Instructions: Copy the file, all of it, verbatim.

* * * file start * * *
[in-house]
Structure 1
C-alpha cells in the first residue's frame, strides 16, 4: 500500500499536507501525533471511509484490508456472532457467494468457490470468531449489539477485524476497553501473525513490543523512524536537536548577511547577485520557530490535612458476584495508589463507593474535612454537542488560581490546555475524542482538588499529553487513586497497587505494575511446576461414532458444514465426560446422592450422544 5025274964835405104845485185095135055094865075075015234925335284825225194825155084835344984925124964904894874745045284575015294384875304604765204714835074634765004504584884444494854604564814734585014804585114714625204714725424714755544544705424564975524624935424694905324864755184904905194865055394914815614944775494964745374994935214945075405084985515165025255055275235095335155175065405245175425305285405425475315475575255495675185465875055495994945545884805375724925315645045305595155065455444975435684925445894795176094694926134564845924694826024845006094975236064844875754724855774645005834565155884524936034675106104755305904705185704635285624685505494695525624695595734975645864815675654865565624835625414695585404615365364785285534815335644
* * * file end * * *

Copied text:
[in-house]
Structure 1
C-alpha cells in the first residue's frame, strides 16, 4: 500500500499536507501525533471511509484490508456472532457467494468457490470468531449489539477485524476497553501473525513490543523512524536537536548577511547577485520557530490535612458476584495508589463507593474535612454537542488560581490546555475524542482538588499529553487513586497497587505494575511446576461414532458444514465426560446422592450422544 5025274964835405104845485185095135055094865075075015234925335284825225194825155084835344984925124964904894874745045284575015294384875304604765204714835074634765004504584884444494854604564814734585014804585114714625204714725424714755544544705424564975524624935424694905324864755184904905194865055394914815614944775494964745374994935214945075405084985515165025255055275235095335155175065405245175425305285405425475315475575255495675185465875055495994945545884805375724925315645045305595155065455444975435684925445894795176094694926134564845924694826024845006094975236064844875754724855774645005834565155884524936034675106104755305904705185704635285624685505494695525624695595734975645864815675654865565624835625414695585404615365364785285534815335644